11. Legal and Documentation Charges
Many developers charge separately for all legal and documentation services.
12. Interior Costs
After taking possession of your house, you will have to spend a decent amount on interior works – wardrobes, modular kitchen, electrical & sanitary fittings, grilled gates etc. Interior costs can be 5-20% of total property cost.
Other Costs (as applicable)
13. Interest, Rental and Tax Rebate Loss
While booking an under construction property, many of us do not realize that there can be high indirect costs. If the project gets delayed, you will have to bear extra interest cost on your home loan and rental costs till the time you do not get possession. Moreover, during construction you cannot claim any tax deduction on your home loan. You can claim tax deduction on interest paid during construction only after taking possession of property. These indirect costs can add up to a huge value and you must take them into account while booking an under construction property.
14. Nomination Transfer Charges
Under-construction property can be bought in two ways – one by way of original booking with the builder and second by way of buying property of an investor in resale. If you buy property in resale, the investor or broker may not tell you upfront that you need to pay transfer charges to the builder to get the booking transferred to your name. If you knew it earlier, you could negotiate with the seller to split transfer charges 50:50 or could ask him to bear the transfer charges completely. You should discuss about the transfer charges upfront, while booking.
15. Loan Processing Fee
When you apply for a home loan, you will be required to pay processing fee of upto 0.5% of the loan amount. You should factor this amount also in your property cost.
16. Home Loan Insurance
Many banks or financial institutions insist that you buy home loan insurance along with your home loan. The insurance premium will be added in your EMI. If you already have other life insurance policies, you can avoid such loan insurance schemes and save some amount there.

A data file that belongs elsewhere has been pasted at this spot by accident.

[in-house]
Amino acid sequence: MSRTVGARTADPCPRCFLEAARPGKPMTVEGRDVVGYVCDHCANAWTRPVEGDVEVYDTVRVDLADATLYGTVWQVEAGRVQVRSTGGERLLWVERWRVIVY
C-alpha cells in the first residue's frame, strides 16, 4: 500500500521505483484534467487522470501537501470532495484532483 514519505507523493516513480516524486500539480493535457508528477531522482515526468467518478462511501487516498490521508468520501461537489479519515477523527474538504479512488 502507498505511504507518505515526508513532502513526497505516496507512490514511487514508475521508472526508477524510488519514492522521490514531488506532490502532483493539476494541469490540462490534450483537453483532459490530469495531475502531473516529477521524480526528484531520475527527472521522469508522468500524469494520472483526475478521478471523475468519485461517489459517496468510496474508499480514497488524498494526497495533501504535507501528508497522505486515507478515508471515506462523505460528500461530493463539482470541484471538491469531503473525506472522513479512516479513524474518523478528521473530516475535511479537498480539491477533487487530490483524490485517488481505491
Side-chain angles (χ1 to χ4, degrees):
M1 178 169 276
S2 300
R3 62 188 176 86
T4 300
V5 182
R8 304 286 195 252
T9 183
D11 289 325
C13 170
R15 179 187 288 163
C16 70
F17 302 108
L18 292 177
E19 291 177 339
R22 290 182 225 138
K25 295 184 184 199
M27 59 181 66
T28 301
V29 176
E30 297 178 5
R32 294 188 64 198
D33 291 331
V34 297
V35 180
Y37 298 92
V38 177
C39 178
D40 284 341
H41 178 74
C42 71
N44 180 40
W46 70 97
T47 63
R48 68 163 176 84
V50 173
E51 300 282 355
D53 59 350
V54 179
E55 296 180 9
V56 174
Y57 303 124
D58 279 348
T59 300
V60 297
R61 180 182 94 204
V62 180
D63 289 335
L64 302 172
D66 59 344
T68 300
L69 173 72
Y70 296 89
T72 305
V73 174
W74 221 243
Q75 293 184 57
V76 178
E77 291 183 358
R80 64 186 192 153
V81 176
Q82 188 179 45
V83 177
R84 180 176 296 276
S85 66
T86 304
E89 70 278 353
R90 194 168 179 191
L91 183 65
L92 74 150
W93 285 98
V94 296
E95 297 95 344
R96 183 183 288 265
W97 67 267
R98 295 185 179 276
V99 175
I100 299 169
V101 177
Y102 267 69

17. Broker’s Fee
Most transactions for resale property or ready to move in property happen through a real estate agent and once the transaction is complete, you will be required to pay 1-2 % of the property value as the agent’s fee. You should negotiate the broker’s fee before you start your home search and factor this amount in your budget.
Let us now see a real example of additional charges when buying a house.
Namrata, a finance consultant, booked a 3BHK flat of 1500 sqft. in Gurgaon in June 2009. While she was supposed to receive possession by June 2012, she received it in Jan 2015.
The cost structure of her apartment was as follows:
|Particular||Rate (Rs. per sqft.)||Cost (Rs.)|
|PLC (First Floor)||100||150,000|
|Covered Car Parking||lumpsum||250,000|
|Power Back-Up (3KVA)||lumpsum||45,000|
|Electrical Connection Charges||lumpsum||50,000|
|Stamp Duty & Registration||5% (for females)||246,125|
|Legal & Documentation Charges||lumpsum||25,000|
|Total Additional Charges||1,615,913|
|Total Cost of Flat on Possession||5,365,913|
|Loan Processing Fee||15,000|
|Extra Rent burden due to delay||20000 p.m.|
for 31 months
|Extra Interest Cost due to delay||875,000|
|Total Other Costs||2,010,000|
As you can see from above table, the basic cost of the flat was just Rs. 37,50,000 but the total cost of flat at possession summed up to Rs. 53,65,913 i.e. about 43% higher than basic cost. Now, this was just the cost of raw flat without factoring other costs such as interior costs, loan processing fee, loss due to interest and rent etc. If you add these other costs of Rs. 20,10,000, the Total Cost of Property for Namrata became Rs. 73,75,913, almost double of basic cost, which she would have never imagined at the time of booking.
Now that you are aware of various costs involved, we hope that you would consider all additional charges when buying a house.